Thus the battle rages as to which is better. The answer seems to be, at equal aperture refractors dominate the mid to low frequency range and obstructed scopes dominate at higher frequencies. This is provided enough magnification is used to see the Airy disc around exit pupils of 1mm. At lower frequencies and when the scales are very large, both types tend to equalize as contrast improves toward 0.1 (about 5x the Airy disc diameter) spacial frequency even in obstructed apertures especially at lower magnifications where diffraction effects are hardly noticeable. On this scale it seems stray light control is importsnt.

http://www.telescope...obstruction.htm

#34 Ed Wiley

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Posted 19 October 2013 - 11:27 AM

Another thing to think about. For point sources (I am thinking doubles), larger apertures sample more of the "atmospheric cells" that contribute to seeing. Informally, each of the "cells" contained a defraction-limited view of a pair of stars. Small telescopes do not sample as many of these cells as large telescopes, thus the more esthetically pleasing visual images. But, of course, they are limited in resolution.

Now, if you have a large-enough scope that can sample many cells, and a fast camera (talking millisceonds), you can sample each of these cells. The sum is a "speckle image" and this can be reduced by autocorrelation to produce a defraction-limited picture of the pair. Such interferometric techniques are used by professionals to resolve really close binaries right down to the limits of resolution and in average seeing conditions. Similar techniques can also be used by amateurs quite successfully:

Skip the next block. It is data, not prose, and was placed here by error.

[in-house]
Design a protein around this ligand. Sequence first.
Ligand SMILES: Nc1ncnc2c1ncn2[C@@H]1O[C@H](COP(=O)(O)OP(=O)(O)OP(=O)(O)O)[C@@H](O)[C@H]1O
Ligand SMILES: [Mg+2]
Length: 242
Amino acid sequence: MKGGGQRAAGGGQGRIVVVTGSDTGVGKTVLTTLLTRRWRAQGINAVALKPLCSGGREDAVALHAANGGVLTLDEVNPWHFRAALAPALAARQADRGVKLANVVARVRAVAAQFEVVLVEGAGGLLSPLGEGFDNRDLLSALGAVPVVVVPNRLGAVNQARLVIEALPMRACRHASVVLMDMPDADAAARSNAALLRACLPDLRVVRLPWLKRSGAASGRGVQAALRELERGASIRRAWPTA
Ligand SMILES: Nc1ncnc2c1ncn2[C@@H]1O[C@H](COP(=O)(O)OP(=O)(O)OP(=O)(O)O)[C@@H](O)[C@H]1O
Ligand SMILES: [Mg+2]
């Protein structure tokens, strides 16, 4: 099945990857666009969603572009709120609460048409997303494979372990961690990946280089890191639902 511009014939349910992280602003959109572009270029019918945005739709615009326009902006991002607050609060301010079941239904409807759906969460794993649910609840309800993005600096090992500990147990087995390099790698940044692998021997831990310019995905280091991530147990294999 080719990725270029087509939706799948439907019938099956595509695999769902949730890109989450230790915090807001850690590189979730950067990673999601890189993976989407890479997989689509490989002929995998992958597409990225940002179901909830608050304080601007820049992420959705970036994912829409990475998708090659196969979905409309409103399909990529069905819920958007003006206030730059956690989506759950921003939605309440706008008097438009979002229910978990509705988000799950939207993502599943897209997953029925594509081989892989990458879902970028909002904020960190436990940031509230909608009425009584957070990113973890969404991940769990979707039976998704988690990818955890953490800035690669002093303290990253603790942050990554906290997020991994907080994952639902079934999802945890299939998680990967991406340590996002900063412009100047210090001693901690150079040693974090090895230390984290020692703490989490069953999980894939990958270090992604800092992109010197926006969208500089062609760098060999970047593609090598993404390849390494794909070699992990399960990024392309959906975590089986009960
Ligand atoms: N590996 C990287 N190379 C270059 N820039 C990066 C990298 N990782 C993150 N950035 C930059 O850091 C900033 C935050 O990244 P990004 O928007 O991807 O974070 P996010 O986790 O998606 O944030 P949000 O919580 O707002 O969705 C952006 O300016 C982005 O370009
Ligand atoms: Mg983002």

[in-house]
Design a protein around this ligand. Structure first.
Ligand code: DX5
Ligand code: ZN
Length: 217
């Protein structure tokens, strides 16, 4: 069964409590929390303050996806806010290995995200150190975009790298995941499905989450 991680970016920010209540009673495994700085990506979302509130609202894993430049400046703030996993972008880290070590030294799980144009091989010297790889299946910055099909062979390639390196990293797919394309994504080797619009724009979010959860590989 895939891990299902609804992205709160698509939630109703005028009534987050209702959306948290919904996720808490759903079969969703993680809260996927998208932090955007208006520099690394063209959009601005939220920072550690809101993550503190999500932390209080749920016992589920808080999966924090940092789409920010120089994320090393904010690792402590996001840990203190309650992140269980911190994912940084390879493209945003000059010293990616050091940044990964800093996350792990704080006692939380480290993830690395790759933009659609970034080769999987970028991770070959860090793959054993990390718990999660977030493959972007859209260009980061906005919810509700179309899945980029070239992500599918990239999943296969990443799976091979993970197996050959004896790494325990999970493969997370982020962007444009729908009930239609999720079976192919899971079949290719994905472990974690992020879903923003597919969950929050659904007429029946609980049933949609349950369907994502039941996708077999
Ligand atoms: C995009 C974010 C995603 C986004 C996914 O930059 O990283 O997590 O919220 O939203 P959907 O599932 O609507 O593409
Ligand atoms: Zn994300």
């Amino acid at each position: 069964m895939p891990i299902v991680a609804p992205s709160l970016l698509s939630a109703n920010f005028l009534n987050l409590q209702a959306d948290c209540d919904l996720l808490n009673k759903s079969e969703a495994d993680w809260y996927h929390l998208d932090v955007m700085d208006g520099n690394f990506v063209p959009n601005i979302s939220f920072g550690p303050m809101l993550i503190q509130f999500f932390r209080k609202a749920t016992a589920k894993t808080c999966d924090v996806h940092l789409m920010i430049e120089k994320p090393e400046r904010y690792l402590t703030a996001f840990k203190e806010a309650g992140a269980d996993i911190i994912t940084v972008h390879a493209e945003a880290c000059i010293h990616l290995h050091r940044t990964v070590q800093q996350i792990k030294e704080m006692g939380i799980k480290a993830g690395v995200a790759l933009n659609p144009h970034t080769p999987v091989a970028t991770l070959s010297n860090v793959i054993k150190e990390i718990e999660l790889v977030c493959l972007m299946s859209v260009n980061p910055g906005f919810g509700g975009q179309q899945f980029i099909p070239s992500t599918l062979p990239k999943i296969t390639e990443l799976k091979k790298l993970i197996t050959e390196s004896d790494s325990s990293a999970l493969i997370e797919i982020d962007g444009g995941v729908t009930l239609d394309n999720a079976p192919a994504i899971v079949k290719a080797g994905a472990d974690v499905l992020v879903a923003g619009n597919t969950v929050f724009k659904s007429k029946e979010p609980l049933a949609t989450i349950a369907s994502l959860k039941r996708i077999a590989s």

http://www.astrosurf...k/speckle10.htm

Smaller scopes that do not sample many cells can use similar techniques or lucky imaging. Of course this is not of much use to visual observers, but us measurers find such techniques quite useful as they allow us to image and measure close doubles in average (or worse) seeing conditions.

Ed

#35 Alph

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Posted 19 October 2013 - 01:38 PM

Here is the explanation.


:foreheadslap: That's not a correct explanation. Please do some reading on Fried parameter and how it relates to aperture. In a nutshell, a telescope with the aperture smaller than the Fried parameter is affected by seeing differently than a telescope with the aperture larger than the Fried parameter

#36 Alph

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Posted 19 October 2013 - 02:05 PM

Would a stopped down 250mm Mewlon would be any worse than a 6" apo? Might be an interesting experiment.

Ed